The first AI to see a person can lead to automated search and rescue robots, scientists say
- Computer scientists have taught an agent to take snapshots of his environment
- Most artificial intelligence systems are only trained for very specific tasks
- It takes a glimpse of a room that has never been seen before to a & # 39; full scene & # 39; to create
- The team of computer scientists says the skill can be used for search and rescue missions and that they can be equipped for new observation tasks when they occur
Computer scientists have taught an artificial intelligence agent how to take over the entire environment by taking just a few snapshots.
The new technology can collect visual information that can be used for a wide range of tasks, including search and rescue.
Researchers have taught the computer system how to quickly catch a glimpse of a room that had never been seen before to a & # 39; full scene & # 39; to create.
The scientists used deep learning, a kind of machine learning inspired by the neural networks of the brain, to train their agent on thousands of 360-degree images of different environments.
They say their research can help effective search and rescue missions by creating robots that can pass on information to the authorities.
Most computer systems are trained for very specific tasks – such as recognizing an object or estimating volume – in an environment that they have previously experienced.
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Computer scientists have taught an artificial intelligence agent to do something that normally only people can do by taking a few quick glances and distracting the entire environment from it
The technology, developed by a team of computer scientists from the University of Texas, collects visual information that can then be used for a wide range of tasks.
The main goal is that it can quickly locate people, flames and hazardous materials and pass on that information to firefighters, the researchers said.
After each glimpse, it chooses the next shot that it predicts will add the newest information about the entire scene.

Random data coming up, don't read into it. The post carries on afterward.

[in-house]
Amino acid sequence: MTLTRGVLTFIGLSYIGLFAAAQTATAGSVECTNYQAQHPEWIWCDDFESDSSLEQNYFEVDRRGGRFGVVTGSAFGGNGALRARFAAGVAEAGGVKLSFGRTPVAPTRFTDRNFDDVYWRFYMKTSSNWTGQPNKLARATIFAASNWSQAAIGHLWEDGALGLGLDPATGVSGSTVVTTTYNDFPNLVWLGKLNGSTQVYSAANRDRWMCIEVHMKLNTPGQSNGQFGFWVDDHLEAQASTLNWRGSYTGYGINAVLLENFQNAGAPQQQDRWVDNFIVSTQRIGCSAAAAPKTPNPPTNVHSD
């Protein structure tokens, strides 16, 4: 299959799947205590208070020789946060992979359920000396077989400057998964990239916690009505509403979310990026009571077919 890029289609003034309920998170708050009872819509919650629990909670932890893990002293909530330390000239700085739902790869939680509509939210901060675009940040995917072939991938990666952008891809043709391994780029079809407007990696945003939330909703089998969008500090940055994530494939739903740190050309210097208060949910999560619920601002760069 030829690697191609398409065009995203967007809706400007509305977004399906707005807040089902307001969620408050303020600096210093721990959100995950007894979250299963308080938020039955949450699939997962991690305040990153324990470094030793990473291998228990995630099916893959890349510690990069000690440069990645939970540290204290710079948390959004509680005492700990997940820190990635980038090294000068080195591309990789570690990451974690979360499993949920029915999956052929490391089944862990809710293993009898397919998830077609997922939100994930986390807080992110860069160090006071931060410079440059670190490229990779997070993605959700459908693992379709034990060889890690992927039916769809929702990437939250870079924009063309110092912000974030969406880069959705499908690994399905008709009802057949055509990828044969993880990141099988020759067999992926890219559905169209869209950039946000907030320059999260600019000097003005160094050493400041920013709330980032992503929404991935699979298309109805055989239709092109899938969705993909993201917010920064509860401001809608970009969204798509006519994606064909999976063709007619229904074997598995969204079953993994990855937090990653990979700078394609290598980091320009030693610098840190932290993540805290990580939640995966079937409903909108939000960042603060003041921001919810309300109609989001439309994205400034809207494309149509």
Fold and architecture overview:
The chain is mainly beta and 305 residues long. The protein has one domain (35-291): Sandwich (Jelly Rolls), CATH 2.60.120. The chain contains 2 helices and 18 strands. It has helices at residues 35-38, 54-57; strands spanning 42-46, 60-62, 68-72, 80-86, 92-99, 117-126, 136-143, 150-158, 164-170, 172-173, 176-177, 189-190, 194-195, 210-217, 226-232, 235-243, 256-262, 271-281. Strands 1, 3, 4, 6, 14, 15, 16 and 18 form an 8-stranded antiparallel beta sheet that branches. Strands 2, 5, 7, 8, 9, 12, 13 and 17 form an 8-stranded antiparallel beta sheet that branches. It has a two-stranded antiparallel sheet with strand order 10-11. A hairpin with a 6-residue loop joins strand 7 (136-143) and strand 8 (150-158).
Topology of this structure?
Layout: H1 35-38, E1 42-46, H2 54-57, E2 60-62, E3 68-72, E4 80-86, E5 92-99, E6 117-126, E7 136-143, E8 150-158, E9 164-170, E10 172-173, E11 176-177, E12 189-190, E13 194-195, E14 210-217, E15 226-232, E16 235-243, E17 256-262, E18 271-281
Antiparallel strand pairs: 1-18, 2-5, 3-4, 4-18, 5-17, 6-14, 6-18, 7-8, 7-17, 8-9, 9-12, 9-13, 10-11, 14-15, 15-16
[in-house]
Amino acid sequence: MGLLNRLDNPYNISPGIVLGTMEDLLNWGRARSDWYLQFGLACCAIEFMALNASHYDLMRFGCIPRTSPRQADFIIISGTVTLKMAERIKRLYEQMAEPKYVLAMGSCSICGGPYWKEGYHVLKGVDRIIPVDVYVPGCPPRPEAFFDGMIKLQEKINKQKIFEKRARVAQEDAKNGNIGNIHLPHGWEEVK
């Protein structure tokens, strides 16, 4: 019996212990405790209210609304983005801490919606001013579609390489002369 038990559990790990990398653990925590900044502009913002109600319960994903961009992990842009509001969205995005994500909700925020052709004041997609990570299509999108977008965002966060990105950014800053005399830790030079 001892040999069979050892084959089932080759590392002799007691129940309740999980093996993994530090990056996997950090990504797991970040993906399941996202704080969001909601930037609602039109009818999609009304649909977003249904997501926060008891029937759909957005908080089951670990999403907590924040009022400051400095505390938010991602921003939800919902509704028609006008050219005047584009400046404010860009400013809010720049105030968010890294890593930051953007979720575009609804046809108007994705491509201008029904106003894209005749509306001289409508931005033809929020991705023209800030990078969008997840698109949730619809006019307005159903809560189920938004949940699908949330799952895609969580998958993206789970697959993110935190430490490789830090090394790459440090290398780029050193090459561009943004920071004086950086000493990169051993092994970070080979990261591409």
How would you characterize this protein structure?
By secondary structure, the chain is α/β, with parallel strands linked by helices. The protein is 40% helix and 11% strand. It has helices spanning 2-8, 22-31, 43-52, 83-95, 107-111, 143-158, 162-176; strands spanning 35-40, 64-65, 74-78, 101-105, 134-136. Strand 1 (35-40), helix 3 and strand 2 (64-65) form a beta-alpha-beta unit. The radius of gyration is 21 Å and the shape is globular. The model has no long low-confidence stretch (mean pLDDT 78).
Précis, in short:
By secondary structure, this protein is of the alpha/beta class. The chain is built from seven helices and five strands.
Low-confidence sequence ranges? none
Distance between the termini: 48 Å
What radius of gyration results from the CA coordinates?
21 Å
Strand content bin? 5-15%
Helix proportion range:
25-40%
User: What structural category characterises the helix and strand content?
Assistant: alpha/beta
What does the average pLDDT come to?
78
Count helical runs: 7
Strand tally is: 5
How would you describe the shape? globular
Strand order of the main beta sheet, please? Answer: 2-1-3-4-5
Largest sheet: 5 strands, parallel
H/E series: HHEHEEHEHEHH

They use the example of a person in a shopping mall they had never visited before, and they saw apples, you would expect to find oranges in the area, but to locate the milk you could look the other way.
Based on these looks, the agent deduces what he would have seen if he had looked in all other directions and reconstructed a full 360-degree view of his surroundings.
When an agent is presented with a scene he has never seen before, the agent uses his experience to choose a few glimpses.
Professor Kristen Grauman, who led the study, said: & # 39; Just as you get prior information about the regularities that exist in previously experienced environments, like all the supermarkets you've ever been to, this agent is looking for a non exhaustive way. & # 39;
& # 39; We want an agent who is generally equipped to enter environments and be ready for new observation tasks when they occur.
& # 39; It behaves in a way that is versatile and able to succeed in various tasks because it has learned useful patterns about the visual world. & # 39;
& # 39; What makes this system so effective is that it not only takes photos in random directions, but after each glimpse, choosing the next shot that predicts the most new information about the entire scene, said Professor Grauman.
The study was partially supported by the U.S. Defense Advanced Research Projects Agency and the US Air Force Office of Scientific Research.
HOW CAN ARTIFICIAL INTELLIGENCE LEARN?
AI systems are based on artificial neural networks (ANNs), which try to simulate how the brain works to learn.
ANNs can be trained to recognize patterns in information – including speech, text data or visual images – and form the basis for a large number of developments in AI in recent years.
Conventional AI uses input to learn an algorithm on a specific topic & # 39; by giving it huge amounts of information.
AI systems are based on artificial neural networks (ANNs), which try to simulate how the brain works to learn. ANNs can be trained to recognize patterns in information – including speech, text data or visual images
Practical applications include Google's translation services, Facebook's face recognition software and Snapchat's image-changing live filters.
Entering this data can be very time-consuming and is limited to one type of knowledge.
A new breed of ANNs called Adversarial Neural Networks pits the wits of two AI bots against each other, allowing them to learn from each other.
This approach is designed to speed up the learning process and refine the output of AI systems.
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